Cannabis legislation in Ontario expected in September

Cannabis legislation in Ontario expected in late September

Photo by Sandro Schuh on Unsplash

Ontario’s Conservative government is expected to introduce legislation to regulate the recreational cannabis industry according to multiple sources with knowledge of the issue.

The legislation could be introduced within days of the beginning of the autumn session on Sept. 24.

Last month the new authorities reversed the previous provincial government’s commitment to opening 40 government-owned retail storefronts in the first year of legalization, which is set to begin Oct. 17.

Ontario’s new framework for cannabis will begin with sales, with stores in place by April.

The sources, who requested anonymity, said the new legislation will likely limit the amount of stores a corporation can own to a percentage of the overall market in order to level the playing field for smaller businesses.

The province is also expected to keep control over online and wholesale, distribution sales.

Farm gate sales could also be part.

A source said the government might aim to pass the legislation by the end of November or early December.

Licences could then begin being issued in January or February.

“A picture is emerging that retail will be wide open with certain restrictions around schools, subject to acceptance the source said.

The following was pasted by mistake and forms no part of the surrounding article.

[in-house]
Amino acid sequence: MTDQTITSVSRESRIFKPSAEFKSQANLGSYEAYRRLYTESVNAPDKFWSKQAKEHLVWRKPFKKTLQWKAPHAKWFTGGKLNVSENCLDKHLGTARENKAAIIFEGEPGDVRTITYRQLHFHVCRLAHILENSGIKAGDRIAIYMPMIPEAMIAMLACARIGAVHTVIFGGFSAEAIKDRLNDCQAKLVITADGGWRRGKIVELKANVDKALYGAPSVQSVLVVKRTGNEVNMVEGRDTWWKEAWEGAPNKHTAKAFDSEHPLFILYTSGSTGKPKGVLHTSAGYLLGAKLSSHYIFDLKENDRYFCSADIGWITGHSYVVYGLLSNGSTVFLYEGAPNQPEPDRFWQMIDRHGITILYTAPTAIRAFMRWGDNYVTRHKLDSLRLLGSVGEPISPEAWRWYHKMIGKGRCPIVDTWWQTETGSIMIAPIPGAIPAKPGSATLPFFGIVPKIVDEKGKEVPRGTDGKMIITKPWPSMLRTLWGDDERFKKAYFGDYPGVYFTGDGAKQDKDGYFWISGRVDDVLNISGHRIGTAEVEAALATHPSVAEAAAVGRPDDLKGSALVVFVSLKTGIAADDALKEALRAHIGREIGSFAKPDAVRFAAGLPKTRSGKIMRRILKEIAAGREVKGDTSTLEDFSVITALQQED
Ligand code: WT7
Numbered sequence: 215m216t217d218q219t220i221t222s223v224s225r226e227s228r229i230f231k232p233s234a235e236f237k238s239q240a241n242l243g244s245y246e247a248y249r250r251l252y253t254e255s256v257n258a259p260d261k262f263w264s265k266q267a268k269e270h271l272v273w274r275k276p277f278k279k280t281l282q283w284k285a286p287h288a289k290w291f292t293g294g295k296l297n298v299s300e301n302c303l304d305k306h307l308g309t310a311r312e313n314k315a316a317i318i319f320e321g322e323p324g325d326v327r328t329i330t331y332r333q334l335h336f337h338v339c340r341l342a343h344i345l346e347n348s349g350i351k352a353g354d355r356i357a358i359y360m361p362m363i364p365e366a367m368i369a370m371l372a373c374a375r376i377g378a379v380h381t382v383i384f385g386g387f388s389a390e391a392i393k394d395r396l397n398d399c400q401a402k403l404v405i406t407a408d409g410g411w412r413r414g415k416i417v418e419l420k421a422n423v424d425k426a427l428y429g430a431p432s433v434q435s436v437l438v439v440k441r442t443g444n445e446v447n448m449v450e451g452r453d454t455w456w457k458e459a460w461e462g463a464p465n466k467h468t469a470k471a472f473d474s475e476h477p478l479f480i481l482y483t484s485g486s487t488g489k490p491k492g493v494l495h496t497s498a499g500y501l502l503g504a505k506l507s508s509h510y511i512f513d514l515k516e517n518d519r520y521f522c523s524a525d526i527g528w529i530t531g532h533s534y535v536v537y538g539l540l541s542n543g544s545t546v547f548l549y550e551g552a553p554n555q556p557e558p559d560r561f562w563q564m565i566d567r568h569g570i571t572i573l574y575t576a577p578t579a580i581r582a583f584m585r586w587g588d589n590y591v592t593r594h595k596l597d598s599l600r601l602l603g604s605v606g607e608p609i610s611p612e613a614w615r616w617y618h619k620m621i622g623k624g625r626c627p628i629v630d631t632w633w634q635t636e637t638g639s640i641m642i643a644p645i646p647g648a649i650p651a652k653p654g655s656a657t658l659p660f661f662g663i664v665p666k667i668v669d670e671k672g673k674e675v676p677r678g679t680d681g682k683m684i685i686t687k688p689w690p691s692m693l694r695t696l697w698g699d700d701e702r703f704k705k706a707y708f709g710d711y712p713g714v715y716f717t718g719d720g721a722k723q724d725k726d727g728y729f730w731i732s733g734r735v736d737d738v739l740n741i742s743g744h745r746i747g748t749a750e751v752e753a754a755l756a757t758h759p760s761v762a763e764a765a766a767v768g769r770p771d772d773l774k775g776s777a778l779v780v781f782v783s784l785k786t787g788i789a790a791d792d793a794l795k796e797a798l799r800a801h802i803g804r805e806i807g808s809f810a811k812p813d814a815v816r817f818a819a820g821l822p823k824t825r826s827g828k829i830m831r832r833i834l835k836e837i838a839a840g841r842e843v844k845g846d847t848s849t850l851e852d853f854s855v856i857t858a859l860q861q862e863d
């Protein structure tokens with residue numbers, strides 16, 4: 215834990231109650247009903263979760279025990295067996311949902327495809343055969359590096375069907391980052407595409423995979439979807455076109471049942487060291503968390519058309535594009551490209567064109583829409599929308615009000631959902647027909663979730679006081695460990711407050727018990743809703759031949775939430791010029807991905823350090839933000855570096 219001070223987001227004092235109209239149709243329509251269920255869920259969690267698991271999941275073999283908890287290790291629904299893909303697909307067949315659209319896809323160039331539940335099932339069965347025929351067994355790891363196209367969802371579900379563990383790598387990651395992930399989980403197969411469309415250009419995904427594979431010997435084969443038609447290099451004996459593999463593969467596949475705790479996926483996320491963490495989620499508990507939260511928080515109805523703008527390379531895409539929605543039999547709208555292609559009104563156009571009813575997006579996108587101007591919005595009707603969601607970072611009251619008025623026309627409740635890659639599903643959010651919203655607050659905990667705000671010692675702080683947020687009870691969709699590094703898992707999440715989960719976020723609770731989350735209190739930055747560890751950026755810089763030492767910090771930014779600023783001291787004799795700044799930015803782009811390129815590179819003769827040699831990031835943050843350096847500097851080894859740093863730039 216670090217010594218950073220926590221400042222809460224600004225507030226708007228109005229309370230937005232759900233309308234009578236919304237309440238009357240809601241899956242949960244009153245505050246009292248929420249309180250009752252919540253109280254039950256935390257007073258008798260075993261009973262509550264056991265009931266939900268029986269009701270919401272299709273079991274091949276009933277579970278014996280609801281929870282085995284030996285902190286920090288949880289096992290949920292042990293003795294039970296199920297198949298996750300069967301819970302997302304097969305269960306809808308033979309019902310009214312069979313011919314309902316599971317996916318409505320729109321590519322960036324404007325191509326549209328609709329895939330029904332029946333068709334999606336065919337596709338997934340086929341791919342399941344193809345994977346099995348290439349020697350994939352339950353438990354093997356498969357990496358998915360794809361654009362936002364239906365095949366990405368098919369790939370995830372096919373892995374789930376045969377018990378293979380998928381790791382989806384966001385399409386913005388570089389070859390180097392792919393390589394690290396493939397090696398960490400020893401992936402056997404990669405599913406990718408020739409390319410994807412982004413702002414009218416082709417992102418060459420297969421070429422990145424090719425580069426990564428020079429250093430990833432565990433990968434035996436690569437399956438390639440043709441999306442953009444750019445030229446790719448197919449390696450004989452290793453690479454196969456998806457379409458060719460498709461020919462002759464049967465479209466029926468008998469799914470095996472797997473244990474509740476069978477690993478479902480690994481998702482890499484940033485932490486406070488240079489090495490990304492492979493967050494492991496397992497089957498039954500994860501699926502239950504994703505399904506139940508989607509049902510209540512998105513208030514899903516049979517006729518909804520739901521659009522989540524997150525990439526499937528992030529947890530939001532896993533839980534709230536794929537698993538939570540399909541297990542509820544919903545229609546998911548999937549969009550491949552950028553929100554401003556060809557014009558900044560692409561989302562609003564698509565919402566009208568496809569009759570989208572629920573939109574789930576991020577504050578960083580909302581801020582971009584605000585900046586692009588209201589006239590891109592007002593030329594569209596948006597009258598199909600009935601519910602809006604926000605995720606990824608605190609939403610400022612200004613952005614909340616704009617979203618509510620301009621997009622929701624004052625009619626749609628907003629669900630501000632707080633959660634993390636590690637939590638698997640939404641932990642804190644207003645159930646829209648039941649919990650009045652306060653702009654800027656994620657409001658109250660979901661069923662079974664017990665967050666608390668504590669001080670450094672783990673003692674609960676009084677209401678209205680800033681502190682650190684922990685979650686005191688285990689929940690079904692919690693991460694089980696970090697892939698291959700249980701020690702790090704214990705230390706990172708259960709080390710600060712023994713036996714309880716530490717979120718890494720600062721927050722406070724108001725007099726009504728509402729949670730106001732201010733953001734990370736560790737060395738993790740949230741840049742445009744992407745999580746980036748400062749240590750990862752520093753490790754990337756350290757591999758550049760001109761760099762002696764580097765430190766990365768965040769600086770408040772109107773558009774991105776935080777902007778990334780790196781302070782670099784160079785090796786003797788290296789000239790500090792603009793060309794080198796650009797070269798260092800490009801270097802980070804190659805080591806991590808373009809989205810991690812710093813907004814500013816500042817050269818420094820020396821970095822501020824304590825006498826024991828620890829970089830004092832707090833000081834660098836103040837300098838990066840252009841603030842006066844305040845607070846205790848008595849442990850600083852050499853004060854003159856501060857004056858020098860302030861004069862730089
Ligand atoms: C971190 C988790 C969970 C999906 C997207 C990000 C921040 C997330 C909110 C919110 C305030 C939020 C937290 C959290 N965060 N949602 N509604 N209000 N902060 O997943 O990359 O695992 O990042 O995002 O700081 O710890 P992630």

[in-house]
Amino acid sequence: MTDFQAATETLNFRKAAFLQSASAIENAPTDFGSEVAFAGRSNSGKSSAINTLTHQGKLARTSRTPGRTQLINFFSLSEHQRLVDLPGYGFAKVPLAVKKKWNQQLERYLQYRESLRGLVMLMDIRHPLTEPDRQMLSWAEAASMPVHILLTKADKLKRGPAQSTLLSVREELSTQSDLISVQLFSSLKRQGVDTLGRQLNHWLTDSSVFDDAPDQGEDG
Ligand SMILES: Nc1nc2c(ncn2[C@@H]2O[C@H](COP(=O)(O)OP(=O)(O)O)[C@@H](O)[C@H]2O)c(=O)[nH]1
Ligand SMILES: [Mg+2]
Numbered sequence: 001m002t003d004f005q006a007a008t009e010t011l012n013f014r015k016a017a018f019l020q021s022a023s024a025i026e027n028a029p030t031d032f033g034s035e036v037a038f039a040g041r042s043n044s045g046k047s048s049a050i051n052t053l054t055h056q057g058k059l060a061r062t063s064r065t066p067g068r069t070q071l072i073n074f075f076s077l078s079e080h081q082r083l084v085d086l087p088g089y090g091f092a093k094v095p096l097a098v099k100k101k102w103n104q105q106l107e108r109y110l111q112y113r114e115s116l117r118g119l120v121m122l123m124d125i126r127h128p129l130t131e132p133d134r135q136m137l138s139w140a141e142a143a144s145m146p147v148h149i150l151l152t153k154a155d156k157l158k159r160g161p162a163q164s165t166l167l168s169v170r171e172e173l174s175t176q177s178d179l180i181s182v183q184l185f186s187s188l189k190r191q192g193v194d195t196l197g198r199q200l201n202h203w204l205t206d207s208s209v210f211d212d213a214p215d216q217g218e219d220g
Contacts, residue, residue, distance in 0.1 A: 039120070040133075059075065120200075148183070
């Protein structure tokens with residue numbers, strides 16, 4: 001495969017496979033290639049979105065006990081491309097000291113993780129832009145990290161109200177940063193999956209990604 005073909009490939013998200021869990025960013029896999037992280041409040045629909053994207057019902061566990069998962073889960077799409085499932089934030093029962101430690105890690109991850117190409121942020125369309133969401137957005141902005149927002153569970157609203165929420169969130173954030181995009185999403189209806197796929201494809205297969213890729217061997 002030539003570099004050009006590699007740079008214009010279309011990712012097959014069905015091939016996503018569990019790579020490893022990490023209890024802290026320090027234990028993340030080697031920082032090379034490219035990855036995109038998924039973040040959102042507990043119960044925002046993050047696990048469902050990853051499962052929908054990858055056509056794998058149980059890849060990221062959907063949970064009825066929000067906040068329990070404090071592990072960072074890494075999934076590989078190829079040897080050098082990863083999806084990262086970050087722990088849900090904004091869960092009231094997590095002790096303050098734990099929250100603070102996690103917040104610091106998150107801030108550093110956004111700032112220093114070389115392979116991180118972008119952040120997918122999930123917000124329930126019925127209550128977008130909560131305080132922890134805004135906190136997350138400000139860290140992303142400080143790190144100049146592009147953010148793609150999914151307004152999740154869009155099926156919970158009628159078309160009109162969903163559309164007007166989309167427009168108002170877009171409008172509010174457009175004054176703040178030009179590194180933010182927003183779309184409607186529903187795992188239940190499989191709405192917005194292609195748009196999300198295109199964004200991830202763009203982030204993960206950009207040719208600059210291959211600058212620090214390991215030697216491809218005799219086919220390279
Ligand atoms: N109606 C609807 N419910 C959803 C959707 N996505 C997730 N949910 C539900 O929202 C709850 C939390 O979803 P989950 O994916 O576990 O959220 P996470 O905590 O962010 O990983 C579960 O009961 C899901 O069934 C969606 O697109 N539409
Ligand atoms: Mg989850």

Deepak Anand, vice president of Toronto consultancy Cannabis Compliance, expects the legislation to resemble Alberta’s model.

“It would be good for small businesses, as well as large businesses, because it is going to allow them to sort of bypass the (Ontario Cannabis Store) model” by giving direct access to customers, he said.

Speaking on a panel discussion in the Grow Up cannabis conference in Niagara Falls, vice president of public affairs at Hill + Knowlton Plans, Melissa Lantsman, said she hopes the government.

Lantsman headed the Progressive Conservative campaign war room.

“This is a sales play ” she said, for the authorities. “That’s going to affect the expense of licenses and how they don’t want to be on the hook for those brick-and-mortar stores. ”

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